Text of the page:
Here's a comment from that video's publisher:
gospellin, 2009
"It'a an old Negro spiritual that has been re-arranged it's Trampin'.The record label also reads Trampin."

Example #2: Trampin'

Regina Carter – Topic, Published on Nov 8, 2014
Provided to YouTube by Sony Music Entertainment

Trampin' · Regina Carter

Southern Comfort

℗ 2013 Regina Carter, under exclusive license to Sony Music Entertainment

Released on: 2014-02-28

Composer: Traditional / Traditional / トラディショナル
Bass, Programmer, Arranger: Jesse Murphy

Released on: 2000-01-01

Auto-generated by YouTube.

Example #3: I'm Trampin'

Little Richard - Topic
Published on Nov 5, 2014
Provided to YouTube by The Orchard Enterprises

I'm Trampin' · Little Richard

Long Tall Sally (Live)

℗ 2012 Dance Plant Records/TMC

Released on: 2012-05-10

Memphis Gospel Quartet Heritage, The 1980's: Happy in the Service of the Lord Volume 1
℗ 2000 Highwater Records
Here are my transcriptions of the two floating verses that Little Richard sung as lead to this song:

Must Jesus Bare the cross alone
And all the world go free
Yes there’s a cross for everyone
And there’s a cross for me

Amazing grace how street the sound
that saved a wrench like me
I once was lost but now I’m found
was blind but now I see

Example #4: TRAMPIN'

Carl Wells, Published on Oct 22, 2016


Song arr. by Dr. Carl R. Wells
For the John Work Chorus
Of the Former Booker T. Washington High School

Example #4: Marian Anderson - "Trampin'"

Jenkem Chic, Published on Jul 31, 2017

20's Gospel/Musical version of "Trampin'" by Marian Anderson.
Marion Anderson's rendition of "Trampin" is operatic. It's tempo is much slower than traditional renditions of this Spiritual that I have heard and sung.

ADDENDUM- Patti Smith's rendition of "Trampin"

Patti Smith Trampin'

macamaranik, Published on Sep 1, 2011
I'm trampin', trampin' Try'n a make heaven my home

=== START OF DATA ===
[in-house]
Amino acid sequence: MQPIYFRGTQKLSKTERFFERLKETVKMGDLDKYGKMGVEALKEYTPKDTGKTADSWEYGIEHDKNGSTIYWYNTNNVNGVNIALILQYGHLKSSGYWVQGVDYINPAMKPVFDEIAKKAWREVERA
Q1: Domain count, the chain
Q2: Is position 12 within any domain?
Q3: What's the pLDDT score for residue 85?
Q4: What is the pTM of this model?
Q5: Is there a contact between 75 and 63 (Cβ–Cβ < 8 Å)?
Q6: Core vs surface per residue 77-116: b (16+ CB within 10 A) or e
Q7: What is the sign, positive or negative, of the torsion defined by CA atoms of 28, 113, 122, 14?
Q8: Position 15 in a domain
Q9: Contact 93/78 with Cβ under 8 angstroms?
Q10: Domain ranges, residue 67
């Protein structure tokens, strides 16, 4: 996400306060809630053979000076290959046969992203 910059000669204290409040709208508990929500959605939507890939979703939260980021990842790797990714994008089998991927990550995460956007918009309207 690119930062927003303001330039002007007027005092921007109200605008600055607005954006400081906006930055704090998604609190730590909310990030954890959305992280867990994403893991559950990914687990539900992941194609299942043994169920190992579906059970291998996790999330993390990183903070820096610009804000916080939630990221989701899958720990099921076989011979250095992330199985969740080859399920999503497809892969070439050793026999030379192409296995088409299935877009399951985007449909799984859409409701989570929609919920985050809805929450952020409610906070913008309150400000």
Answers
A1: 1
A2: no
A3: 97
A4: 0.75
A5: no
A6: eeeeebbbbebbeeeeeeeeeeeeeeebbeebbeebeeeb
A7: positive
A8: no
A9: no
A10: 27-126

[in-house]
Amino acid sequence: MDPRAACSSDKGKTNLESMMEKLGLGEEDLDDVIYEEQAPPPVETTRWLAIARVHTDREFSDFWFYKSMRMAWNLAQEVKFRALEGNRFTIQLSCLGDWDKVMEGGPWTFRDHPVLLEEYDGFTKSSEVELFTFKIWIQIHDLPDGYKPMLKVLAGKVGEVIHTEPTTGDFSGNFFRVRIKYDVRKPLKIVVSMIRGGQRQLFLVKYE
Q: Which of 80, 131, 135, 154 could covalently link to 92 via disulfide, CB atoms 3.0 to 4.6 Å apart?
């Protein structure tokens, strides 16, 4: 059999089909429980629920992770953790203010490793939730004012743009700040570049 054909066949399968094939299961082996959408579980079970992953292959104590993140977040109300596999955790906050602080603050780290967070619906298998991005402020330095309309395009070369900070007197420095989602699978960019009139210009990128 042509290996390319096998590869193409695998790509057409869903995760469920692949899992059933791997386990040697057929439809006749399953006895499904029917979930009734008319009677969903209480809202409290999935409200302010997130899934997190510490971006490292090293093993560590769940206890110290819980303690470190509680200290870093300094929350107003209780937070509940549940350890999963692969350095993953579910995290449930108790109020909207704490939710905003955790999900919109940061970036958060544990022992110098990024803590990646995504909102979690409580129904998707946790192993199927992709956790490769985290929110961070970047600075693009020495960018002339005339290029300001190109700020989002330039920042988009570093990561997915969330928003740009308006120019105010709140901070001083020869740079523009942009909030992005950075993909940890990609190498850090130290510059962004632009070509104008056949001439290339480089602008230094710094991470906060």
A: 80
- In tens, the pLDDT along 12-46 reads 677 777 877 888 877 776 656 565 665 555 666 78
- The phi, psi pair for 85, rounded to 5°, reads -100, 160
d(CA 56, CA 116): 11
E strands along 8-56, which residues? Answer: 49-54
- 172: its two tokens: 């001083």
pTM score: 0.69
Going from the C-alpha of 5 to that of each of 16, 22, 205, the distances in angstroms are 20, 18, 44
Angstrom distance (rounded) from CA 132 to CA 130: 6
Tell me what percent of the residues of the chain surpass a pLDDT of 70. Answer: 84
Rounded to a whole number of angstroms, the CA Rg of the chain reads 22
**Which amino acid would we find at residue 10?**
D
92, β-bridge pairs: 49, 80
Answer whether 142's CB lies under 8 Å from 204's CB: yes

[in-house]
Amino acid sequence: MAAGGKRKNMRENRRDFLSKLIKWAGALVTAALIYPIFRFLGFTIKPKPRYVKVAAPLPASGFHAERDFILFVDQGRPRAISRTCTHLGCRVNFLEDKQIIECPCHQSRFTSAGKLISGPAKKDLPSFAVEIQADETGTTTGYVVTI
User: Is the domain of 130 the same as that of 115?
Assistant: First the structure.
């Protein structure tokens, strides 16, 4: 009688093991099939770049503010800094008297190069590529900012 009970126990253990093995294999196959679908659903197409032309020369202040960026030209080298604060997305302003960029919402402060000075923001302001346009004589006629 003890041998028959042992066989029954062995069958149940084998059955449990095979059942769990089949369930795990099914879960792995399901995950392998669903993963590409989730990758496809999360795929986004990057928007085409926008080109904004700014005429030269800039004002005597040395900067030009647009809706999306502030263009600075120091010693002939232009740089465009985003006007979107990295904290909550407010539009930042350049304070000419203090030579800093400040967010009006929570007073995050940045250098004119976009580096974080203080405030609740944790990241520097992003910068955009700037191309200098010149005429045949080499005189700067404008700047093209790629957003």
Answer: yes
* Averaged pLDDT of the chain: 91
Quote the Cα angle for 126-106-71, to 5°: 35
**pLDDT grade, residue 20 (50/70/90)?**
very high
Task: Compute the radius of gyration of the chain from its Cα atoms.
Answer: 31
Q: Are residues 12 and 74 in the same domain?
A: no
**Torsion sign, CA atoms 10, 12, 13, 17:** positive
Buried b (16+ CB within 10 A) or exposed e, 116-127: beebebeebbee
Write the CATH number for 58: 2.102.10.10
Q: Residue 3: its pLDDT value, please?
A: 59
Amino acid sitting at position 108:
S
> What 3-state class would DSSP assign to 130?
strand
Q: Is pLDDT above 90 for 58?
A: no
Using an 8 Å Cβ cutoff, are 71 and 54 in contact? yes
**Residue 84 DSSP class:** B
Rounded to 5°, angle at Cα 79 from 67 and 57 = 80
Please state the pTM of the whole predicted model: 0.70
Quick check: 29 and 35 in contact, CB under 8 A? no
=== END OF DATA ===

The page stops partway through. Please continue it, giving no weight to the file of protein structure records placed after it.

I'm trampin trampin Try'n a make heaven my home...

I've never been to heaven But I've been told
Try'n a make heaven my home That the streets up there
Are paved with gold Try'n a make heaven my home

I'm trampin trampin Try'n a make heaven my home
I'm trampin trampin Try'n a make heaven my home...

Here's some information about Patti Smith's version of "Trampin" from
"Album: Trampin'
Released: 2004
“Patti Smith closes her Trampin' album with this title track, which is a traditional folk song written in the Gospel tradition. It is a collaboration between Smith's daughter Jesse Lee Smith's piano and Patti's voice. She explained to Uncut magazine October 2004: "I like Marion Anderson and I have a little space where I paint and take photographs and I often listen to Gospel records and spirituals. That little song, for the past couple of years, has always attracted me, and I asked my daughter if she would learn it on piano. That's my daughter playing and it's live, we just did it a couple of times and took one that was honest. And that's what we did. I'm very proud of her, I think she did a beautiful job. And I intentionally wanted it to have a modest approach, because it is a spiritual and I'm certainly not Marion Anderson. I intentionally wanted the song to have a very reflective, modest feel."
Smith said that she was attracted to the song as, "it does have a weary quality but it's optimistic." She added: "This person is trampin' trying to find Heaven, they're not just trying to get to the corner store, or just trying to get to a soup kitchen, they're going for the highest place. I like the little song, and there's a lot of miles tramped in this album, and I think it was a good way to end it." “

This concludes this three part series on "Trampin".